The Bipolar Lens

My view from the rollercoaster.

On Depression: Growing Older and Getting Better

Mental Illness and the Art of Surrender

I was thirty-four years old when I had electroshock therapy for a severe and unrelenting depression.  I thought I had reached the limits then of what a human being can stand.  My psychiatrist reassured me that "things would get much better when I was older."  One of my biggest regrets in life is that I didn't nail him down.  Exactly how old, I should have asked.  And exactly how much better?

The rest of my thirties is a sordid blur of drinking, depression, medications that refused to work, and the consequences of a full-fledged mental illness:  financial havoc, failed relationships, and rampant suicidality.  Every birthday I would wonder:  is this the age where I should start to be feeling so much better?  Or do I have to endure some more, and if so, do I care enough about life to hang on?

I did notice some improvement in my early forties, but I think that was wholly attributable to the fact that I finally wised up and got sober.  Sobriety allowed my medications to work, and the medications made me feel better—not completely, and not all the time, but enough so that I noticed the difference and stopped ruminating so obsessively about ending it all.

I fully expected my fifties to be a disaster:  the end of physical beauty, the beginnings of menopause, a gradual descent toward decline.  But to my utter amazement, I think the psychiatrist's promise may be coming true at last.  I do feel better.  It's rather an astonishing thing for me to write these words, and I think they bear repeating:  I do feel better.  Not that I'm totally immune from depression.  Far from it.  Just last week, in fact, I experienced an excruciating episode, so familiar to me by now that I greeted it like an unwelcome houseguest:  I changed the sheets, stocked up on groceries, and prepared to spend the usual ghastly four days in bed until I could begin to move and think like a human being again.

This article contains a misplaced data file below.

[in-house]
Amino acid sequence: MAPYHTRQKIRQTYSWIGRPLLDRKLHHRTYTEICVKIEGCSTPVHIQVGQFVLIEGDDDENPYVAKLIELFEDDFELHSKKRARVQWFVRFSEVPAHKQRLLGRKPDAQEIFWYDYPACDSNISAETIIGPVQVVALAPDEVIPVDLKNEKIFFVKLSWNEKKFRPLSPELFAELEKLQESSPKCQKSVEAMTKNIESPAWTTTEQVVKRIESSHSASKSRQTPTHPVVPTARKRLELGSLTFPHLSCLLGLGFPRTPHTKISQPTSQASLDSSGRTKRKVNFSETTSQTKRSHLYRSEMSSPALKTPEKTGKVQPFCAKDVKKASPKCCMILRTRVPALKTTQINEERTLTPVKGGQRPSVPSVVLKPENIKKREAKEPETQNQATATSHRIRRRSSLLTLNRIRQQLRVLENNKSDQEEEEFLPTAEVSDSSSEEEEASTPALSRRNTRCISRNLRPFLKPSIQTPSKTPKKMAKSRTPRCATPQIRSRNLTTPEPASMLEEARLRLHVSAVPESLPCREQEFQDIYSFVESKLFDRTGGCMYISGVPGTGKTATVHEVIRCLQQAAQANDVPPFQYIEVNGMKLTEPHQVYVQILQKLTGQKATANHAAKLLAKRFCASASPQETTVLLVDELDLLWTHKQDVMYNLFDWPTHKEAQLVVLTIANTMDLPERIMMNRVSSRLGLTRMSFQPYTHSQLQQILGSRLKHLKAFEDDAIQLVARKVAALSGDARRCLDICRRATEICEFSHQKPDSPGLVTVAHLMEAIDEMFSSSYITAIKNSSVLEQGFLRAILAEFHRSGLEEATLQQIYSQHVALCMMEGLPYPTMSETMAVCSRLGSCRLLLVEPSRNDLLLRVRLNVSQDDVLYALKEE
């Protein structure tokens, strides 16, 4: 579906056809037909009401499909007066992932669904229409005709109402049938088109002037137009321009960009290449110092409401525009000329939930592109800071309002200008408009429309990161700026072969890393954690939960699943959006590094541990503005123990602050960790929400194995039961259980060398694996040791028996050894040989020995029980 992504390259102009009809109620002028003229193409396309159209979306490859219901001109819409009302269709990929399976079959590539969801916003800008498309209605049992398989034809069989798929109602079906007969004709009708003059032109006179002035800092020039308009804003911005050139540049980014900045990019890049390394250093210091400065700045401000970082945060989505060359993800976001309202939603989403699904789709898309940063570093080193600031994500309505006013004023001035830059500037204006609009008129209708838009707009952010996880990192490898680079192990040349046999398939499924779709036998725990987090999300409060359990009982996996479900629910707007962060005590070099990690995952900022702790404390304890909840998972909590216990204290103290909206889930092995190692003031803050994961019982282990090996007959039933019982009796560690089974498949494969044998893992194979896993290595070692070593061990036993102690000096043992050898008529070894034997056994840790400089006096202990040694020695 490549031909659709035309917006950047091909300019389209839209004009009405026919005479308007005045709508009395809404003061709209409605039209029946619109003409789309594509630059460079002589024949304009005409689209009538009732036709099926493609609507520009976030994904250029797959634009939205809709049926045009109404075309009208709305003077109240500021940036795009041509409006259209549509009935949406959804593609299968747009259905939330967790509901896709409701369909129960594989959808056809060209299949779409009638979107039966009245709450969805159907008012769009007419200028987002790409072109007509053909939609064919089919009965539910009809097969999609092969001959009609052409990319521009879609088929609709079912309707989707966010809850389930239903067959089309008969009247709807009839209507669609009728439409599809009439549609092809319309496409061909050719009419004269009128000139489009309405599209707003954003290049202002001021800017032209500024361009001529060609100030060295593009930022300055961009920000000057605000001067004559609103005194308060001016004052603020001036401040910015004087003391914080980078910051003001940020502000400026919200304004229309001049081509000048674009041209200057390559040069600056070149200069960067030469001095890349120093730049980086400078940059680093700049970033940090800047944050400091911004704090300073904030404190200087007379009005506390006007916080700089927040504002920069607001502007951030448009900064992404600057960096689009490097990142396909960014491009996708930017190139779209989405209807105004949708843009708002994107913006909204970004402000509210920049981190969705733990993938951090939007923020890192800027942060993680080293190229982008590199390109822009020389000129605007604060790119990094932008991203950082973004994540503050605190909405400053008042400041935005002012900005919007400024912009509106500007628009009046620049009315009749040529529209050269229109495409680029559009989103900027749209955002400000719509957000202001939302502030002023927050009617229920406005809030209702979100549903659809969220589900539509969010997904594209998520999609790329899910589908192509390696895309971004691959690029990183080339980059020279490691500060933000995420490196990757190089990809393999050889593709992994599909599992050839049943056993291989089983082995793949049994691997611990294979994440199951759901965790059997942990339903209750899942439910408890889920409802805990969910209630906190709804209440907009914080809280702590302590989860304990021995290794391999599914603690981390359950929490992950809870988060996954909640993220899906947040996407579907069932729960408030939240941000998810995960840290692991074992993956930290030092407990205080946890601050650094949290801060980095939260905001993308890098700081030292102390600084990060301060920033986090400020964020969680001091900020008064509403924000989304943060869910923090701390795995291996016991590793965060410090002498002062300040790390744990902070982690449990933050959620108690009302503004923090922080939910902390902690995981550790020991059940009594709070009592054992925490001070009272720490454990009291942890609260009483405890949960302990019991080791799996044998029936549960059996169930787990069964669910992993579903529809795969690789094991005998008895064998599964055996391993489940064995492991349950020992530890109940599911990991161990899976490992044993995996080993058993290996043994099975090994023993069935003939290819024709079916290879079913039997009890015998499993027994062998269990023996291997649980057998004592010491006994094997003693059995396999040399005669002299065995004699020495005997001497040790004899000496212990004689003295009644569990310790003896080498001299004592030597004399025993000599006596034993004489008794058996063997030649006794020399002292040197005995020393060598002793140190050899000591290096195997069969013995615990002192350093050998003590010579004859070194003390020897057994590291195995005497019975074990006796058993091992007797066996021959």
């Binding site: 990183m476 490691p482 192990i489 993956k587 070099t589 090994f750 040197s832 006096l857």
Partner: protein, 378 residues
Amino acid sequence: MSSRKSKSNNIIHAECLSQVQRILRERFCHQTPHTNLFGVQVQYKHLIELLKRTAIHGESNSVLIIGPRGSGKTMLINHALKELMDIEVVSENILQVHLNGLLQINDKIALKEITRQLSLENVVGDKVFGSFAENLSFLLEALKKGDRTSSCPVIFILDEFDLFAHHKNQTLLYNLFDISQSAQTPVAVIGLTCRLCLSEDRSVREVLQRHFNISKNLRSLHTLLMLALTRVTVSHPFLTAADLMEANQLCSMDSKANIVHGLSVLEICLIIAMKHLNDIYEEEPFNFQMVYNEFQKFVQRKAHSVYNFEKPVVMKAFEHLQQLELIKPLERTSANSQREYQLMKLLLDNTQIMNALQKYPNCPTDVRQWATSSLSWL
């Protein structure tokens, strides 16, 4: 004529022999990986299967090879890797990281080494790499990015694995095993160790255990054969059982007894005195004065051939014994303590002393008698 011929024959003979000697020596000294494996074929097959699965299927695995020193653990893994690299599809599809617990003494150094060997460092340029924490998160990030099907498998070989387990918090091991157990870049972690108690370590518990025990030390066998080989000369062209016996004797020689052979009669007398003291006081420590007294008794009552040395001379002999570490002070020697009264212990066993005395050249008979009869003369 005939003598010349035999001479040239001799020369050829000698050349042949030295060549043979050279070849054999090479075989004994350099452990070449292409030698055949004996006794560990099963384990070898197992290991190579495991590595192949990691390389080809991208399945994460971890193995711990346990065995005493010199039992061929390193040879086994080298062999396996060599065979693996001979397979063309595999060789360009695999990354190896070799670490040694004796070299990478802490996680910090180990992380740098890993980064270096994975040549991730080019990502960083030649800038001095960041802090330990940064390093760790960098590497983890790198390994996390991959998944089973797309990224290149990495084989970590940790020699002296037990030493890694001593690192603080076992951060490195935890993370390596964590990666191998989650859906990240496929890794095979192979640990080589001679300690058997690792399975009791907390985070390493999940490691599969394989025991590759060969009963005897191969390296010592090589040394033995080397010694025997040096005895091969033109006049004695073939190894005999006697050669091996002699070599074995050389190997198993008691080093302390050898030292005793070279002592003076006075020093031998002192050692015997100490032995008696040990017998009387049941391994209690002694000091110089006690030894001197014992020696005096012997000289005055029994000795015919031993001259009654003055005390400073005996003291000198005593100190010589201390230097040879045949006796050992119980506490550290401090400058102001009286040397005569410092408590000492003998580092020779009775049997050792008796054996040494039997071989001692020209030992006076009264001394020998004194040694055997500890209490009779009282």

But it's miraculous that all the while I was suffering, I knew that the agony would eventually end.  I had my past to reassure me, the pattern of so many other tortured mood swings.  I'm old enough by now to have a past, and for someone so intent on suicide so much of her life, that's an amazing thing.  It's worth being fifty-two just to have the luxury of knowledge born from memory:  that yes, this too shall pass.

Knowing your enemy inside and out doesn't mean you've conquered him.  But it goes a long way toward having compassion for him, and more importantly, for yourself.  In a perfect world, I could sit across the table from depression and say, remember that time in 1994?  You damn near got me then.  Old enemies do not necessarily care for each other, but they respect each other's grit and fortitude.  I am by far a stronger opponent now than I was at thirty-four.

It's scary to say I feel better.  I'm just superstitious enough to feel like the gods will point at me and laugh and visit their wrath upon my hubris.  You think you're better?  Hah!  Just try this on for size.  It's entirely possible, but somehow, I don't think that's going to happen.  I think I'm going to continue getting well, and getting sick, and getting well, and getting sick, until I'm finally old enough to accept in my heart the cyclical nature of all things, including mental health.

So for everyone who's suffering out there, let my story reassure you.  In its own time and in its own way, and if you've been a scholar of your own disease, depression does get better.  If you are strong enough to survive, you are no longer a victim.  You are a seasoned campaigner with tales to tell, and everyone respects a warrior.

Terri Cheney is the author of Manic: A Memoir and The Dark Side of Innocence: Growing Up Bipolar.

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